Introduction

This section dives deep into practical tips for specific topics of algorithms and data structures which appear frequently in coding questions. Many algorithm questions involve techniques that can be applied to questions of similar nature. The more techniques you have in your arsenal, the higher the chances of passing the interview. They may lead you to discover corner cases you might have missed out or even lead you towards the optimal approach!

For each topic, study links are recommended to help you master the topic. There is a list of recommended common questions to practice which in my opinion is highly valuable for mastering the core concepts for the topic.

If you are interested in how data structures are implemented, check out Lago, a Data Structures and Algorithms library for JavaScript. It is pretty much still WIP but I intend to make it into a library that is able to be used in production and also a reference resource for revising Data Structures and Algorithms.

General tips

Clarify any assumptions you made subconsciously. Many questions are under-specified on purpose.

Always validate input first. Check for invalid/empty/negative/different type input. Never assume you are given the valid parameters. Alternatively, clarify with the interviewer whether you can assume valid input (usually yes), which can save you time from writing code that does input validation.

Are there any time/space complexity requirements/constraints?

Check for off-by-one errors.

In languages where there are no automatic type coercion, check that concatenation of values are of the same type: int/str/list.

After finishing your code, use a few example inputs to test your solution.

Is the algorithm meant to be run multiple times, for example in a web server? If yes, the input is likely to be preprocess-able to improve the efficiency in each call.

Use a mix of functional and imperative programming paradigms:

  • Write pure functions as much as possible.
  • Pure functions are easier to reason about and can help to reduce bugs in your implementation.
  • Avoid mutating the parameters passed into your function especially if they are passed by reference unless you are sure of what you are doing.
  • However, functional programming is usually expensive in terms of space complexity because of non-mutation and the repeated allocation of new objects. On the other hand, imperative code is faster because you operate on existing objects. Hence you will need to achieve a balance between accuracy vs efficiency, by using the right amount of functional and imperative code where appropriate.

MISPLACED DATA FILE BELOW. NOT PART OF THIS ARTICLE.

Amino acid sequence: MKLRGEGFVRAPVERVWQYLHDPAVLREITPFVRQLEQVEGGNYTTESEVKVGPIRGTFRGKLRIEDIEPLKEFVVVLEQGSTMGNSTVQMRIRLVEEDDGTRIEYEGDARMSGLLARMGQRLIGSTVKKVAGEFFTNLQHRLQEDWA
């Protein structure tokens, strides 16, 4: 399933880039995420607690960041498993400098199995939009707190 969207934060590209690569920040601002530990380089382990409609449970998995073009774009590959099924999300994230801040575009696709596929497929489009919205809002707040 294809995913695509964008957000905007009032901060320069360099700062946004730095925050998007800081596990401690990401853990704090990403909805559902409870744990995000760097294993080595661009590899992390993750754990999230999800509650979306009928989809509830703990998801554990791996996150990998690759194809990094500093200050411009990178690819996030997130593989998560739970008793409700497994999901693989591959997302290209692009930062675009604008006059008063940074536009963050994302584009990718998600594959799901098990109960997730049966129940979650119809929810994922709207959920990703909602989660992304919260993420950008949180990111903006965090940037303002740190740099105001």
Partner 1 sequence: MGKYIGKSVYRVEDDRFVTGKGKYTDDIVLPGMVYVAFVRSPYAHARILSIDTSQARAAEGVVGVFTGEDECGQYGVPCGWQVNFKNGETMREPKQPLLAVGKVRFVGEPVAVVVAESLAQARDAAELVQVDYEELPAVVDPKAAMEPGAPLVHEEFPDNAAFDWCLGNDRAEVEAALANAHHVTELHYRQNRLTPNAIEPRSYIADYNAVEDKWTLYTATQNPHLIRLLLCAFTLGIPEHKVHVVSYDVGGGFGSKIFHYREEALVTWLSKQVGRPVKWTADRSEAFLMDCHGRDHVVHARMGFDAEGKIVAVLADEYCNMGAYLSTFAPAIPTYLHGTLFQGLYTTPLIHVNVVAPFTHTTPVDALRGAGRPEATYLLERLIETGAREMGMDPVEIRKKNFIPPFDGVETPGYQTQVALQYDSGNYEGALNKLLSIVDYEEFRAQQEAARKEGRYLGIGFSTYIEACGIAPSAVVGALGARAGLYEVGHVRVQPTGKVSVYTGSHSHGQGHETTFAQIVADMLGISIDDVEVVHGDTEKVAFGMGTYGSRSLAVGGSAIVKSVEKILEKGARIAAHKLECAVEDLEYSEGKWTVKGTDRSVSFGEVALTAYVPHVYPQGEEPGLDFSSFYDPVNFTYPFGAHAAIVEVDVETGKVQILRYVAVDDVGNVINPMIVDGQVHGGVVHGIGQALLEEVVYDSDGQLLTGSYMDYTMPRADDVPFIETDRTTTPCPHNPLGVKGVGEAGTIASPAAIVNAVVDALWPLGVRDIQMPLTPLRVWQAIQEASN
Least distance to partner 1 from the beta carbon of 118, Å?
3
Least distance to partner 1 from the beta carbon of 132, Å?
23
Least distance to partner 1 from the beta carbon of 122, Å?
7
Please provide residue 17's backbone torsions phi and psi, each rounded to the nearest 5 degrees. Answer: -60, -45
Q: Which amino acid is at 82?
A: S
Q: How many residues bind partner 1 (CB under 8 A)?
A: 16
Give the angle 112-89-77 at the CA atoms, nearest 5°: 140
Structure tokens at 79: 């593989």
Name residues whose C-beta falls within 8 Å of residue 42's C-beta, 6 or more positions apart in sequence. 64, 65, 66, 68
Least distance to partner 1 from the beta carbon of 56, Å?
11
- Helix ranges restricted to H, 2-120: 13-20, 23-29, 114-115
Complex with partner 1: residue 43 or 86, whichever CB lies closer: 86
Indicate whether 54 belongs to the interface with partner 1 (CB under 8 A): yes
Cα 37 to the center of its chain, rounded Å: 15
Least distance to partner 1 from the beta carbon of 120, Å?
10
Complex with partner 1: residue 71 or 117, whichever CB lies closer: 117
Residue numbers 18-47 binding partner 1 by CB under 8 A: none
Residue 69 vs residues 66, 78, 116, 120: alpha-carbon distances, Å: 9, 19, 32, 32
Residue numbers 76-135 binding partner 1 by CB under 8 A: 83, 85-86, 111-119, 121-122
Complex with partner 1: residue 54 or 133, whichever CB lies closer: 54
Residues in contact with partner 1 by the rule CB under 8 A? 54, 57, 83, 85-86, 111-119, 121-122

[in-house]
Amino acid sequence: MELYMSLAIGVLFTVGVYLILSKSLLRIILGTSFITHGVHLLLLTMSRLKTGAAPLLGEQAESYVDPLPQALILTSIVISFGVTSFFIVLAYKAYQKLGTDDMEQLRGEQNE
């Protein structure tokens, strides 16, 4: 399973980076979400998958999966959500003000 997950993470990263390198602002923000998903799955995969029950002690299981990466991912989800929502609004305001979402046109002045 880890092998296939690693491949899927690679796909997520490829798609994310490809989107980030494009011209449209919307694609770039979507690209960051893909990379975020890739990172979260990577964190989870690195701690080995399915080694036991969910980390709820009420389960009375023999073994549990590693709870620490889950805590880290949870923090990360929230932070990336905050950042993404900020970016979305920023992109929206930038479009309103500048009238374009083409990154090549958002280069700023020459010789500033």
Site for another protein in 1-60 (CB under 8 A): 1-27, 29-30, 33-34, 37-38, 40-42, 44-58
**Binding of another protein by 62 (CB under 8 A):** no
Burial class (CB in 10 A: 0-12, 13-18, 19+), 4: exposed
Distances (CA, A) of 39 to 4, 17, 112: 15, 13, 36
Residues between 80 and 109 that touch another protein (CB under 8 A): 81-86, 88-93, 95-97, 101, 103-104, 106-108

• Avoid relying on and mutating global variables. Global variables introduce state.
  • If you have to rely on global variables, make sure that you do not mutate it by accident.

Generally, to improve the speed of a program, we can either: (1) choose a more appropriate data structure/algorithm; or (2) use more memory. The latter demonstrates a classic space vs. time tradeoff, but it is not necessarily the case that you can only achieve better speed at the expense of space. Also, note that there is often a theoretical limit to how fast your program can run (in terms of time complexity). For instance, a question that requires you to find the smallest/largest element in an unsorted array cannot run faster than O(N).

Data structures are your weapons. Choosing the right weapon for the right battle is the key to victory. Be very familiar about the strengths of each data structure and the time complexities for its various operations.

Data structures can be augmented to achieve efficient time complexities across different operations. For example, a hash map can be used together with a doubly-linked list to achieve O(1) time complexity for both the get and put operation in an LRU cache.

Hashmaps are probably the most commonly used data structure for algorithm questions. If you are stuck on a question, your last resort can be to enumerate through the common possible data structures (thankfully there aren't that many of them) and consider whether each of them can be applied to the problem. This has worked for me sometimes.

If you are cutting corners in your code, state that out loud to your interviewer and say what you would do in a non-interview setting (no time constraints). E.g., I would write a regex to parse this string rather than using split() which may not cover all cases.

References